So if you’ve read yesterday’s post I just want to say thank you for taking the time to read it, and thank you in advance for reading part 2!
In this post I will be a little bit more opinionated (and sometimes profane), but I want to preface that any negativity that I express is not against moms who breastfeed, or moms who formula feed. Yes, I am on the “Fed is Best” team, but that’s because to me it includes both breastfeeding moms, and formula moms. All the negativity is directed at those who choose to judge moms on their choice or “shamers” as I like to call them, by making them feel guilty about their choice. I also want to preface this by saying that all of my below statements are referring to babies and children who are raised in a safe environment (ie: not a CFS situation). They always say that it takes a village to raise a child and while that is true, if the child is not at any safety or health risk, let the parent be a parent. None of us are perfect, so let’s not act like we need to be the baby police if they make a mistake. I do also refer a lot to “moms” because generally when it comes to feeding (ie: breastfeeding) it’s the mom who’s doing it, but I do also want this to be about parental support.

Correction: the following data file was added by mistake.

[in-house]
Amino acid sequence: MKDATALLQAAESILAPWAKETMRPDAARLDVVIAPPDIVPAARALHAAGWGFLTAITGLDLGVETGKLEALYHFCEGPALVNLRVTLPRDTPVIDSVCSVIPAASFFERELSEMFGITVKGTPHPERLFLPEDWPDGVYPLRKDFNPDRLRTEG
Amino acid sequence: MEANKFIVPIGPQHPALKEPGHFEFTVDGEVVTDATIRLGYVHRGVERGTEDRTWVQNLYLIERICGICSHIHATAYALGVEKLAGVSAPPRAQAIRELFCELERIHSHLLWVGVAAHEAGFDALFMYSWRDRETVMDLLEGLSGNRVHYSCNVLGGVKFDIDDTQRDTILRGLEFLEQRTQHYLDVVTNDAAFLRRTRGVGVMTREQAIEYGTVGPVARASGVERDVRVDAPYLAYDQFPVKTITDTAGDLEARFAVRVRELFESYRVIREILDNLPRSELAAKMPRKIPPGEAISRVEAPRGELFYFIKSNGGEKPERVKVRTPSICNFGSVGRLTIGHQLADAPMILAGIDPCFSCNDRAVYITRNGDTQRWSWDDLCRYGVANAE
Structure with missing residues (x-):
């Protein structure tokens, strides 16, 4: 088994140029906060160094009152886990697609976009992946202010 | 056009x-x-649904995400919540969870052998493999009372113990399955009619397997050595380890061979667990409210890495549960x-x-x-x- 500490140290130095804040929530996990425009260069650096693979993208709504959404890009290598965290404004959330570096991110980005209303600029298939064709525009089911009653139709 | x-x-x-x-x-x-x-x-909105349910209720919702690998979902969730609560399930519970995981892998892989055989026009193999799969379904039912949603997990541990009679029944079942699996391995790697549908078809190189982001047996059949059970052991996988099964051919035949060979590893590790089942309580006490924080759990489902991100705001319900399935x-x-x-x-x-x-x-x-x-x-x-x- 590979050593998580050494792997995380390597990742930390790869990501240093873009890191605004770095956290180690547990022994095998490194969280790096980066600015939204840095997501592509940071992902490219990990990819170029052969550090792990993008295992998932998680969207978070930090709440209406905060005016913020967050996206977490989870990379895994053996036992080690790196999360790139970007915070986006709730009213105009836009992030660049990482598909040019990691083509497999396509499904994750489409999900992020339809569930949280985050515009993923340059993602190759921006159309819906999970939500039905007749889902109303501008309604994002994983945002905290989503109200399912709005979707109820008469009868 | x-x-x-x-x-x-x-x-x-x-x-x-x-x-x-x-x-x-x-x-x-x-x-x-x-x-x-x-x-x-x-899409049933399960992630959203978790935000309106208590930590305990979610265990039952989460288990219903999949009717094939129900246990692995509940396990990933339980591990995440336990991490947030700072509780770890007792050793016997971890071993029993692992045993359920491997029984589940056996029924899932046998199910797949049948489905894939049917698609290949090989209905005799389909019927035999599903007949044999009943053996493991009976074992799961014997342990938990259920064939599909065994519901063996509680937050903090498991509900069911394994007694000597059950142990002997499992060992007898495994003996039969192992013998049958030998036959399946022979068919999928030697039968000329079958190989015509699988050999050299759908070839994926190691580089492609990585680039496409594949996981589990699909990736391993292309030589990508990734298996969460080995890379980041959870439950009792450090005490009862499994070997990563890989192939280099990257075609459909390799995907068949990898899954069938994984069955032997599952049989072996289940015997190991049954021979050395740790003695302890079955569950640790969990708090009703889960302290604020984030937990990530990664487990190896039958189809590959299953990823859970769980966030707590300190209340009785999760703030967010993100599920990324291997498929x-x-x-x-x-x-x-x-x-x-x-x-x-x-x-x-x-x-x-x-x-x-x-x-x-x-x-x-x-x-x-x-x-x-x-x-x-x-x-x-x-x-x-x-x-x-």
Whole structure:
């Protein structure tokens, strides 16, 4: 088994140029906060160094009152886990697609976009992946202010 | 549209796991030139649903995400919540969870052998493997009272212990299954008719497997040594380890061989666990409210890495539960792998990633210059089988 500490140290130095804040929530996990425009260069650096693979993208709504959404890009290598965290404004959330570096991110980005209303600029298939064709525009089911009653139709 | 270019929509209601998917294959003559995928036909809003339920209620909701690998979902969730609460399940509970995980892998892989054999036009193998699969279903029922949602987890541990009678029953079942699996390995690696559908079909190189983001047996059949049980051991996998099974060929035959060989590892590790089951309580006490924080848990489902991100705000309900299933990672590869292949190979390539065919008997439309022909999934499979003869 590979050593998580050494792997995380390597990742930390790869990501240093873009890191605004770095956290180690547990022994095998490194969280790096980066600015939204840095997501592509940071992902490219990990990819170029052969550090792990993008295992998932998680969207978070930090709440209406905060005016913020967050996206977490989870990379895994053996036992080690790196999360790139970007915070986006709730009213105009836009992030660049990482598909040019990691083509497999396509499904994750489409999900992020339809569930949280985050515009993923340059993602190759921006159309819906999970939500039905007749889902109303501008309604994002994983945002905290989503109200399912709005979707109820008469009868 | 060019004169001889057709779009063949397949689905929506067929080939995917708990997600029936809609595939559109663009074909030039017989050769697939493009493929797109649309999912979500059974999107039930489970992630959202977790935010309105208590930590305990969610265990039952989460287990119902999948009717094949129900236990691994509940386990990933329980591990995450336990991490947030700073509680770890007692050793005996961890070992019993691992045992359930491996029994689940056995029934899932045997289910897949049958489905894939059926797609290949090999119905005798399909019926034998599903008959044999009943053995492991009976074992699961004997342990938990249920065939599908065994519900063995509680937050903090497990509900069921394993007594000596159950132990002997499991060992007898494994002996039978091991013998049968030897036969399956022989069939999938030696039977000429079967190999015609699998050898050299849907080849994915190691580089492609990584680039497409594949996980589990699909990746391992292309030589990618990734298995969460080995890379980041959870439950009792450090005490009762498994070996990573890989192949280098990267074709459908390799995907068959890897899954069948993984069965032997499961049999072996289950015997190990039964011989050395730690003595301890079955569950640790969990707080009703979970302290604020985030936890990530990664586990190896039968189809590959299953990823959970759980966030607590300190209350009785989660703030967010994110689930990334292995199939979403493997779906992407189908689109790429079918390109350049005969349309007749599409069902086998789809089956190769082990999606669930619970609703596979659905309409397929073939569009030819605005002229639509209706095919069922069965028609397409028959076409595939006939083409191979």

1.) The Gory Details